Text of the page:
19. ^ Ramachandran, Nirmala (2004). The Hindu legacy to Sri Lanka. Pannapitiya: Stamford Lake (Pvt.) Ltd. 2004. ISBN 9789558733974. OCLC 230674424. Portuguese writer De Queyroz compares Konesvaram to the famous Hindu temples in Rameswaram, Kanchipuram, Tirupatti-Tirumalai, Jagannath and Vaijayanthi and concludes that while these latter temples were well visited by the Hindus, the former had surpassed all the latter temples by the early 1600s
  20. ^ "Ghazal programme at Tirumala temple". The Hindu. Chennai, India. 30 September 2003. Retrieved 2 July 2020.
  21. ^ Mittal, Sushil; Thursby, G.R. (2005). The Hindu World. New York: Routelge. p. 456. ISBN 0-203-67414-6.
  22. ^ Vater, Tom (2010). Moon Spotlight Angkor Wat. USA: Perseus Books Group. p. 40. ISBN 9781598805611.
  23. ^ Jones, Victoria (2004). Wonders of the World Dot-to-Dot. New York: Sterling Publishing Co., Inc. p. 4. ISBN 1-4027-1028-3.
  24. ^ Dalal, Roshan (2010). Hinduism: An Alphabetical Guide. Penguin Books India. p. 18. ISBN 9780143414216.
  25. ^ "Kallazhagar temple". Dinamalar. 2014. Retrieved 31 May 2014.
  26. ^ S., Gopalakrishnan (December 1996). "The Raṅga-maṇḍapa of the Tāṭikkompu Temple A Study of an Iconographic Programme of the Vijayanagara Tradition". East and West. 46 (3/4): 415–431. JSTOR 29757285.
  27. ^ Hudson, D. Dennis (2008). The body of God: an emperor's palace for Krishna in eighth-century Kanchipuram. Oxford University Press US. pp. 164–168. ISBN 978-0-19-536922-9.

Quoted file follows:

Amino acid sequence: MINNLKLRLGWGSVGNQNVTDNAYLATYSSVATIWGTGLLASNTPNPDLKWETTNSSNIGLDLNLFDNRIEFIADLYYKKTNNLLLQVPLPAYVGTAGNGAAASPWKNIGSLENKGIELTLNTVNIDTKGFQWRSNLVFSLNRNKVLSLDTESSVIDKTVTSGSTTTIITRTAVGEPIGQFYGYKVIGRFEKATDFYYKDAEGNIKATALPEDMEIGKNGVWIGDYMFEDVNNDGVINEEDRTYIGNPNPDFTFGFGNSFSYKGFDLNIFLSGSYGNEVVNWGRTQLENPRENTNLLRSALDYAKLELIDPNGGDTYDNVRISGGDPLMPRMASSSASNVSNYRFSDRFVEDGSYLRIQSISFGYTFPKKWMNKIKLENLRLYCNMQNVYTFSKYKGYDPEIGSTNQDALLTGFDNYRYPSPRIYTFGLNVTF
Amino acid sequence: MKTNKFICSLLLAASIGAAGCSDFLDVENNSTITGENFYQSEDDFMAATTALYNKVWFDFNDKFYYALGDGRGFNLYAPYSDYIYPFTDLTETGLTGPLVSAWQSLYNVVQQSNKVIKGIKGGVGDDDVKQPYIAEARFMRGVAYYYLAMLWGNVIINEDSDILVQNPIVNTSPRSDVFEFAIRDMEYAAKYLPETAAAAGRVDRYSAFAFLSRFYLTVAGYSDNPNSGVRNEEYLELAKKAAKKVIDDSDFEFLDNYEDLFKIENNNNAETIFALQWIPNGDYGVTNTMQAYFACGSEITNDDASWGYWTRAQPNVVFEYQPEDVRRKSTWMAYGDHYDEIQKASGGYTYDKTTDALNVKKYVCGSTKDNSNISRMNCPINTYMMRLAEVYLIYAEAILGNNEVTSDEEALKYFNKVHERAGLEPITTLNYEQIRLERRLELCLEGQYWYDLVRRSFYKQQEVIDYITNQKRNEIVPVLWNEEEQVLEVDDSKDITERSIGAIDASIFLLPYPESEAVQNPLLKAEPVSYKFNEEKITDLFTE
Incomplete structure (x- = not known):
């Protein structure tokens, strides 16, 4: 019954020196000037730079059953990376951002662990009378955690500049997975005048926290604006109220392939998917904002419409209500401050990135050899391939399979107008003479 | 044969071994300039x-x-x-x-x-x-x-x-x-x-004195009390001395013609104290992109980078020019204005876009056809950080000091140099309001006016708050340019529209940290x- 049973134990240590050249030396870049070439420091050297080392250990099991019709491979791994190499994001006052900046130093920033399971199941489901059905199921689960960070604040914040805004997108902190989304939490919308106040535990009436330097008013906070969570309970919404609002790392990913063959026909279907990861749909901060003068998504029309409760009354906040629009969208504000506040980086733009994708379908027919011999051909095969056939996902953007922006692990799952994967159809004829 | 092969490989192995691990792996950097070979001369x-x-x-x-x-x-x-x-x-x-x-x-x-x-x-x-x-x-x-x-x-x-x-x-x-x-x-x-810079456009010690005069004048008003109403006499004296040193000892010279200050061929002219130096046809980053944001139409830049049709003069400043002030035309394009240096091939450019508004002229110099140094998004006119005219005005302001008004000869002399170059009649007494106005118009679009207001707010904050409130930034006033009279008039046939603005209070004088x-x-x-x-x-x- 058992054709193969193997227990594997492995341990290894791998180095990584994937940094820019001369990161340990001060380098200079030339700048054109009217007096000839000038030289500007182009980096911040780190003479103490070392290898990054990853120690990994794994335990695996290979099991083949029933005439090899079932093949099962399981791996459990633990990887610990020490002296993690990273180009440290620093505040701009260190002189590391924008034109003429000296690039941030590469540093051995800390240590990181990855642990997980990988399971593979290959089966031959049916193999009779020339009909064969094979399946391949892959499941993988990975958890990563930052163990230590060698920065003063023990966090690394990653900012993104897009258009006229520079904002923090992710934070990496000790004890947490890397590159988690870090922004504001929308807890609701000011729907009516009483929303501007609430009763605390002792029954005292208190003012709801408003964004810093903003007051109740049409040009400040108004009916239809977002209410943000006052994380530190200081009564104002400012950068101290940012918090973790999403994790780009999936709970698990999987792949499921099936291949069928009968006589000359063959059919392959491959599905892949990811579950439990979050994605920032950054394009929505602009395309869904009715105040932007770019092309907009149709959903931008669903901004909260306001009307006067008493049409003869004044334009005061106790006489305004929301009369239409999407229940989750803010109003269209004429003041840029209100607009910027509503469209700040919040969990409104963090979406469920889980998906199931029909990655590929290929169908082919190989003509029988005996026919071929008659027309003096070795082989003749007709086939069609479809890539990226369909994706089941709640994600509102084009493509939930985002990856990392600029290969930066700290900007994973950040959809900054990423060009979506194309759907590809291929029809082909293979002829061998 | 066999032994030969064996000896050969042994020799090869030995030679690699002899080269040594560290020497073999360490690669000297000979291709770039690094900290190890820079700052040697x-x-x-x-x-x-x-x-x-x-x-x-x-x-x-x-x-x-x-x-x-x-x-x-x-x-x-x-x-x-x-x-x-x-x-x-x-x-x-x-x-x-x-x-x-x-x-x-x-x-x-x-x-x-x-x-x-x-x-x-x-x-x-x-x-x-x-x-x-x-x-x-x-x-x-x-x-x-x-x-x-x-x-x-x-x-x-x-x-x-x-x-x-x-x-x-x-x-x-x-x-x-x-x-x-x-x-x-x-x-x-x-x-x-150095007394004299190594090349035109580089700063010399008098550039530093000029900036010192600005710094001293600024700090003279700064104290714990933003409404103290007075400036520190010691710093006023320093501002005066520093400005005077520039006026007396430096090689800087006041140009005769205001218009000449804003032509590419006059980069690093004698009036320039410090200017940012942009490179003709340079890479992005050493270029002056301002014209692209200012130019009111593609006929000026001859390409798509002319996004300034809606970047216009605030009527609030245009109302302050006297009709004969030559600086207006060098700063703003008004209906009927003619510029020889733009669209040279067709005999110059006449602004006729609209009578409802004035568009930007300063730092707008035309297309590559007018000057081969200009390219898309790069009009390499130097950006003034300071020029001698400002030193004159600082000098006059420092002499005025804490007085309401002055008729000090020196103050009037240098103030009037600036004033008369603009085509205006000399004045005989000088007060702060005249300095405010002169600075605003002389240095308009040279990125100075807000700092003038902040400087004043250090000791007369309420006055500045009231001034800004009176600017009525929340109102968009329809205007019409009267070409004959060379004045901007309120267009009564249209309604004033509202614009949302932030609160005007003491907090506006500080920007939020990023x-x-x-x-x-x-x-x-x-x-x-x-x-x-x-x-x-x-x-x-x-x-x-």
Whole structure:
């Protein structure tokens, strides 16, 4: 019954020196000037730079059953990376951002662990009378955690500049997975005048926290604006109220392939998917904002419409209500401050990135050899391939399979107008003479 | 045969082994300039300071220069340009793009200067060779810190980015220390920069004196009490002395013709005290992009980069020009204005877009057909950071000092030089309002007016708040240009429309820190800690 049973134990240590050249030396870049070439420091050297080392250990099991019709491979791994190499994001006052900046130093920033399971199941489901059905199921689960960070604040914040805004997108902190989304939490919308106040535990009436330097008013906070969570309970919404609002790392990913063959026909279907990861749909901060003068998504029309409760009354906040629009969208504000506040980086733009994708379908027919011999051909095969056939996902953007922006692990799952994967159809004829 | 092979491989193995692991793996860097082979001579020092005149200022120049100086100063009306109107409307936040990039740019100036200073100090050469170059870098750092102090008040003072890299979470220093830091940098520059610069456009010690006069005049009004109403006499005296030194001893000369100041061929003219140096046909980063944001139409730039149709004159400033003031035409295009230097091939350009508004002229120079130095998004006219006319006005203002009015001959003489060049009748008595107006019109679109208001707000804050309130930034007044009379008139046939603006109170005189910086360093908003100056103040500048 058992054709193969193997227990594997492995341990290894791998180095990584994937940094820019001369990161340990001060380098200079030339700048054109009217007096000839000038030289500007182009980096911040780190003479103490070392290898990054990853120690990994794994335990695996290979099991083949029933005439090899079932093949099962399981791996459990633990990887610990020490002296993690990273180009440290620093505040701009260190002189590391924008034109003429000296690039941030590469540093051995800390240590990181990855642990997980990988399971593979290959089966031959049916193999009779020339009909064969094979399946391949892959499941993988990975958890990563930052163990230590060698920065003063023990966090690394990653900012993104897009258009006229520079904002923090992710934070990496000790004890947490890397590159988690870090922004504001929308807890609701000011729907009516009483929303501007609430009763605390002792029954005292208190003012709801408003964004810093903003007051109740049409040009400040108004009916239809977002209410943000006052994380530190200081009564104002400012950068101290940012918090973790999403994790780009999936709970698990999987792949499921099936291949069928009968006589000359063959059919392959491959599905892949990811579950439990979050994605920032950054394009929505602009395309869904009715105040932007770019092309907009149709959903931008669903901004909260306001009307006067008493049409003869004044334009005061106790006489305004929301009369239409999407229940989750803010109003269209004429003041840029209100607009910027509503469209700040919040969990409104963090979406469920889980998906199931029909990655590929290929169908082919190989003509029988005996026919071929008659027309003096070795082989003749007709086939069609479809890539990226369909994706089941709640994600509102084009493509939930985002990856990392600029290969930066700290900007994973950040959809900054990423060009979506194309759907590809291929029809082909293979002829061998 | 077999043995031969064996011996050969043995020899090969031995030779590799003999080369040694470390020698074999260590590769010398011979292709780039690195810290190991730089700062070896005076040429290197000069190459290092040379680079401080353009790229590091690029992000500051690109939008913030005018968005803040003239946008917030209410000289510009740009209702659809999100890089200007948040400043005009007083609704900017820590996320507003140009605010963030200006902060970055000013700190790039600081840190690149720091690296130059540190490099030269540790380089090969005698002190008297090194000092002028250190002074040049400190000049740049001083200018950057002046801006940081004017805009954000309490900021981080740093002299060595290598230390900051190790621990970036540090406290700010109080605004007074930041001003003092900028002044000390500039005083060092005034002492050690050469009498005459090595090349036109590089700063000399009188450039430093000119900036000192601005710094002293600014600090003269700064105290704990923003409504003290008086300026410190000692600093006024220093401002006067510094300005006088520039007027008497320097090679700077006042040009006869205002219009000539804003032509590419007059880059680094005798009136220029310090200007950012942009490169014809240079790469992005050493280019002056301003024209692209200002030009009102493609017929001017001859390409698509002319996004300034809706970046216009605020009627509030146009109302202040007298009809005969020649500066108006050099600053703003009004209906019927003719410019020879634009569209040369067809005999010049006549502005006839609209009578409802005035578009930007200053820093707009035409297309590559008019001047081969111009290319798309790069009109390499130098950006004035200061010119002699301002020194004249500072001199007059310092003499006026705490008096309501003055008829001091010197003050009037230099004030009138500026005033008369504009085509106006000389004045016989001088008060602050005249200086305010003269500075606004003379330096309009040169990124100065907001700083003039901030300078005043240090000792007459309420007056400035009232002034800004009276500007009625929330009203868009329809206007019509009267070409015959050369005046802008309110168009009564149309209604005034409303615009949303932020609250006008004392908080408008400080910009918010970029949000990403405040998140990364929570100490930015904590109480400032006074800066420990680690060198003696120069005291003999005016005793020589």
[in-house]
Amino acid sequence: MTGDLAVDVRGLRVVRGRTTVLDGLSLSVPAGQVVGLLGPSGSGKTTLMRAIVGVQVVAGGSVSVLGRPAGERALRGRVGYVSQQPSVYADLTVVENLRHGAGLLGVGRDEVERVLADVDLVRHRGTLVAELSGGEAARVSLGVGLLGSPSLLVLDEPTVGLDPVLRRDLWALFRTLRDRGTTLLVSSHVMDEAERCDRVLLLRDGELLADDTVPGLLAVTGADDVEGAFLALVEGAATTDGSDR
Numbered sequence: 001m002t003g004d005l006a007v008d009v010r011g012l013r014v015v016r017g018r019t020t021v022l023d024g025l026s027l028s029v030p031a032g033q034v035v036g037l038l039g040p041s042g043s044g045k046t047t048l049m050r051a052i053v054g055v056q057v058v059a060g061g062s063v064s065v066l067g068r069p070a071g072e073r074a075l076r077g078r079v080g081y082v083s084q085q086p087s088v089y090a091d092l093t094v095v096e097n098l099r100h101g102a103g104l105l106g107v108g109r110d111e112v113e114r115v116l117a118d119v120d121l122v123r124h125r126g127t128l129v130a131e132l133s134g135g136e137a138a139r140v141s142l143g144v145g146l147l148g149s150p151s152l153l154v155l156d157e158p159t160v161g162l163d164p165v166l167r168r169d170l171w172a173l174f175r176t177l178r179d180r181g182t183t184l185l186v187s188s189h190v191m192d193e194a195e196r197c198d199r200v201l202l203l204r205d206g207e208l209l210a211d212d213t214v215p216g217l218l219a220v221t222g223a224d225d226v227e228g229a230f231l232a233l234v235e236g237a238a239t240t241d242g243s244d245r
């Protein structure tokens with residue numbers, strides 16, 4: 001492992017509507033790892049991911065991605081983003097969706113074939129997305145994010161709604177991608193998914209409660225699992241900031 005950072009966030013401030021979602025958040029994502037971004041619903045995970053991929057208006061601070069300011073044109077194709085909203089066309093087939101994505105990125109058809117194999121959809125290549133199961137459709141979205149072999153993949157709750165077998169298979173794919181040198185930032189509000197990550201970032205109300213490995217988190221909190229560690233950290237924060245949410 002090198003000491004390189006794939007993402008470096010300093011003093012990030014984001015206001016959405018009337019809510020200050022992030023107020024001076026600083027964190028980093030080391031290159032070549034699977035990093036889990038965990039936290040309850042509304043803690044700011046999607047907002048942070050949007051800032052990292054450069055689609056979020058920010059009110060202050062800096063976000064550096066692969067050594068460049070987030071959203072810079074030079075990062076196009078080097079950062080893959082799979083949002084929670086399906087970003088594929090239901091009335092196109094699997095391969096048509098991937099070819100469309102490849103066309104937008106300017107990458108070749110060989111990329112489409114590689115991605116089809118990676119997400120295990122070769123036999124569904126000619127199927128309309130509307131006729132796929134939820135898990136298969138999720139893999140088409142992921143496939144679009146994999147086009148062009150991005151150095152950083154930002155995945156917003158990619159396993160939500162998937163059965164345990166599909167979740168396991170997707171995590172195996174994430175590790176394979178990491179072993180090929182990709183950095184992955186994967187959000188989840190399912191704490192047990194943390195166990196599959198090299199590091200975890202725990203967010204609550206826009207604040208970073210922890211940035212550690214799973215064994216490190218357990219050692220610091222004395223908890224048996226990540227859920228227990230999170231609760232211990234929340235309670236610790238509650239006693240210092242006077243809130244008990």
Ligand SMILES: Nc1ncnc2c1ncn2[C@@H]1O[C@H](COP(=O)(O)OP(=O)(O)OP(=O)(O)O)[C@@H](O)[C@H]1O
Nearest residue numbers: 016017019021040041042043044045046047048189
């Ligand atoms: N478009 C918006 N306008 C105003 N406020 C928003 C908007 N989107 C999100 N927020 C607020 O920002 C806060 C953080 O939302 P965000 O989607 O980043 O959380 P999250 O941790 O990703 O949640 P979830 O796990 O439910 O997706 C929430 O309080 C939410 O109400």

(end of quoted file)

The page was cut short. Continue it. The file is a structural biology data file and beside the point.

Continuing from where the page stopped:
28. ^ "Churning the Ocean of Milk by Michael Buckley".
  29. ^ R., Dr. Vijayalakshmy (2001). An introduction to religion and Philosophy - Tévarám and Tivviyappirapantam (1st ed.). Chennai: International Institute of Tamil Studies. pp. 473–4.
  30. ^ "Immortalised in stone". The Hindu. 2 July 2009. Retrieved 8 April 2013.
  31. ^ "Pancharanga Kshetrams". Indiantemples.com. Retrieved 20 June 2007.
  32. ^ K. V., Soundara Rajan (1967). "The Typology of the Anantaśayī Icon". Artibus Asiae. 29 (1): 80. JSTOR 3250291.
  33. ^ "The Templenet Encyclopedia - Varadaraja Perumal Temple at Kanchipuram".
  34. ^ Rao 2008, p. 154
  35. ^ Soundara Rajan, Kodayanallur Vanamamalai (2001). Concise classified dictionary of Hinduism. New Delhi: Concept Publishing Company. p. 38. ISBN 81-7022-857-3.
  36. ^ M., Rajagopalan (1993). 15 Vaishnava Temples of Tamil Nadu. Chennai, India: Govindaswamy Printers. pp. 57–65.
  37. ^ R., Dr. Vijayalakshmy (2001). An introduction to religion and Philosophy - Tévarám and Tivviyappirapantam (1st ed.). Chennai: International Institute of Tamil Studies. pp. 500–1.
  38. ^ C., Chandramouli (2003). Temples of Tamil Nadu Kancheepuram District. Directorate of Census Operations, Tamil Nadu.
  39. ^ "Acme of devotion". Chennai: The Hindu. 14 November 2008. Retrieved 19 October 2014.
  40. ^ T.S. Sridhar, ed. (2004). Excavations of Archaeological sites in Tamil Nadu(1969-95) (PDF) (Report). Department of Archaeology, Government of Tamil Nadu, Chennai. p. 6. Archived from the original (PDF) on 4 March 2016. Retrieved 26 April 2020.

ReferencesEdit